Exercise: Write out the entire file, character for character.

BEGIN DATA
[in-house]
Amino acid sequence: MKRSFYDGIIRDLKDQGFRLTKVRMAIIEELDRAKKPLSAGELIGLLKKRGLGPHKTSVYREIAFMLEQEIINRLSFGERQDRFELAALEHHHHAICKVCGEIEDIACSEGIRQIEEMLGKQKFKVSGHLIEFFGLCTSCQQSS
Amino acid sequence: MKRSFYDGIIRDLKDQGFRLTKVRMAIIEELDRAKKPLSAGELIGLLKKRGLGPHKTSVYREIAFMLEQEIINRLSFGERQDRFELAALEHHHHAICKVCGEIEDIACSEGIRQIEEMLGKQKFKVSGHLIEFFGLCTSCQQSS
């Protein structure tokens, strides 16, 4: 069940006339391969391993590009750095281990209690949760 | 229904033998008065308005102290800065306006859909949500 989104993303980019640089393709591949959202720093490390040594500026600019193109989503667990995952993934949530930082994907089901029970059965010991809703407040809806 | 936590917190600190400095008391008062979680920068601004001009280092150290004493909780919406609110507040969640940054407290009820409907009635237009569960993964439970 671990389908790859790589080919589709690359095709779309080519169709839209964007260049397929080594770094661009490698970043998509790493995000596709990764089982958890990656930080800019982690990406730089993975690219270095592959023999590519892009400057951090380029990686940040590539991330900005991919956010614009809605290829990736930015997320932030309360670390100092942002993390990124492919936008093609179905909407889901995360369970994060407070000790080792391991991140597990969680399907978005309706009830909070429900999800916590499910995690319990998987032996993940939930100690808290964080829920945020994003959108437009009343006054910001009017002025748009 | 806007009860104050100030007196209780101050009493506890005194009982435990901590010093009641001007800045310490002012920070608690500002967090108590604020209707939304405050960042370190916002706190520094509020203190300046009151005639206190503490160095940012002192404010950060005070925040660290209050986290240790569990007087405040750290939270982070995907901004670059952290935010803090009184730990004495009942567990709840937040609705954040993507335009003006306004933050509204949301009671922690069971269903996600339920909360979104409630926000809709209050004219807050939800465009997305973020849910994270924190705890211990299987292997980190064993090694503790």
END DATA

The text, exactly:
[in-house]
Amino acid sequence: MKRSFYDGIIRDLKDQGFRLTKVRMAIIEELDRAKKPLSAGELIGLLKKRGLGPHKTSVYREIAFMLEQEIINRLSFGERQDRFELAALEHHHHAICKVCGEIEDIACSEGIRQIEEMLGKQKFKVSGHLIEFFGLCTSCQQSS
Amino acid sequence: MKRSFYDGIIRDLKDQGFRLTKVRMAIIEELDRAKKPLSAGELIGLLKKRGLGPHKTSVYREIAFMLEQEIINRLSFGERQDRFELAALEHHHHAICKVCGEIEDIACSEGIRQIEEMLGKQKFKVSGHLIEFFGLCTSCQQSS
């Protein structure tokens, strides 16, 4: 069940006339391969391993590009750095281990209690949760 | 229904033998008065308005102290800065306006859909949500 989104993303980019640089393709591949959202720093490390040594500026600019193109989503667990995952993934949530930082994907089901029970059965010991809703407040809806 | 936590917190600190400095008391008062979680920068601004001009280092150290004493909780919406609110507040969640940054407290009820409907009635237009569960993964439970 671990389908790859790589080919589709690359095709779309080519169709839209964007260049397929080594770094661009490698970043998509790493995000596709990764089982958890990656930080800019982690990406730089993975690219270095592959023999590519892009400057951090380029990686940040590539991330900005991919956010614009809605290829990736930015997320932030309360670390100092942002993390990124492919936008093609179905909407889901995360369970994060407070000790080792391991991140597990969680399907978005309706009830909070429900999800916590499910995690319990998987032996993940939930100690808290964080829920945020994003959108437009009343006054910001009017002025748009 | 806007009860104050100030007196209780101050009493506890005194009982435990901590010093009641001007800045310490002012920070608690500002967090108590604020209707939304405050960042370190916002706190520094509020203190300046009151005639206190503490160095940012002192404010950060005070925040660290209050986290240790569990007087405040750290939270982070995907901004670059952290935010803090009184730990004495009942567990709840937040609705954040993507335009003006306004933050509204949301009671922690069971269903996600339920909360979104409630926000809709209050004219807050939800465009997305973020849910994270924190705890211990299987292997980190064993090694503790």